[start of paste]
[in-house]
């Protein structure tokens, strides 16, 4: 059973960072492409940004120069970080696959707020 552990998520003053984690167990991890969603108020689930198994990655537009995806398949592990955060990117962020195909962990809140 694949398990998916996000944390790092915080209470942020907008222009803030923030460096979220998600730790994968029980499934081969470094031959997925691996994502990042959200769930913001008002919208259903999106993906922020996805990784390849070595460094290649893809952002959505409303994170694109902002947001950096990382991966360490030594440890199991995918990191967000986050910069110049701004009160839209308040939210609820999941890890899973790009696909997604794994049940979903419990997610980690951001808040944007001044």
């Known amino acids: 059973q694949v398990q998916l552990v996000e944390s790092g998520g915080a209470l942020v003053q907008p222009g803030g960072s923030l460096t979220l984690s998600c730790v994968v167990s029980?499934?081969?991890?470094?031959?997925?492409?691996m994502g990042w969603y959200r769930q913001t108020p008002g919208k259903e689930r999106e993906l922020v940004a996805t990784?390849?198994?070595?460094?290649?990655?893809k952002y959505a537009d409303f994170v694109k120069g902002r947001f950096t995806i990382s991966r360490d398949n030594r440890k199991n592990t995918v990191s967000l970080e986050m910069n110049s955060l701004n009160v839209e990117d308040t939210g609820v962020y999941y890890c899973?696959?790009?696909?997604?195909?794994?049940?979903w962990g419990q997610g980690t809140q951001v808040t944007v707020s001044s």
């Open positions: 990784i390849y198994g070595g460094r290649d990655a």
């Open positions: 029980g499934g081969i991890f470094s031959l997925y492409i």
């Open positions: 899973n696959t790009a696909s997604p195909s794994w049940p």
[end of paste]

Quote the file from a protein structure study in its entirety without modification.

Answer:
[in-house]
């Protein structure tokens, strides 16, 4: 059973960072492409940004120069970080696959707020 552990998520003053984690167990991890969603108020689930198994990655537009995806398949592990955060990117962020195909962990809140 694949398990998916996000944390790092915080209470942020907008222009803030923030460096979220998600730790994968029980499934081969470094031959997925691996994502990042959200769930913001008002919208259903999106993906922020996805990784390849070595460094290649893809952002959505409303994170694109902002947001950096990382991966360490030594440890199991995918990191967000986050910069110049701004009160839209308040939210609820999941890890899973790009696909997604794994049940979903419990997610980690951001808040944007001044």
């Known amino acids: 059973q694949v398990q998916l552990v996000e944390s790092g998520g915080a209470l942020v003053q907008p222009g803030g960072s923030l460096t979220l984690s998600c730790v994968v167990s029980?499934?081969?991890?470094?031959?997925?492409?691996m994502g990042w969603y959200r769930q913001t108020p008002g919208k259903e689930r999106e993906l922020v940004a996805t990784?390849?198994?070595?460094?290649?990655?893809k952002y959505a537009d409303f994170v694109k120069g902002r947001f950096t995806i990382s991966r360490d398949n030594r440890k199991n592990t995918v990191s967000l970080e986050m910069n110049s955060l701004n009160v839209e990117d308040t939210g609820v962020y999941y890890c899973?696959?790009?696909?997604?195909?794994?049940?979903w962990g419990q997610g980690t809140q951001v808040t944007v707020s001044s």
């Open positions: 990784i390849y198994g070595g460094r290649d990655a």
């Open positions: 029980g499934g081969i991890f470094s031959l997925y492409i």
């Open positions: 899973n696959t790009a696909s997604p195909s794994w049940p």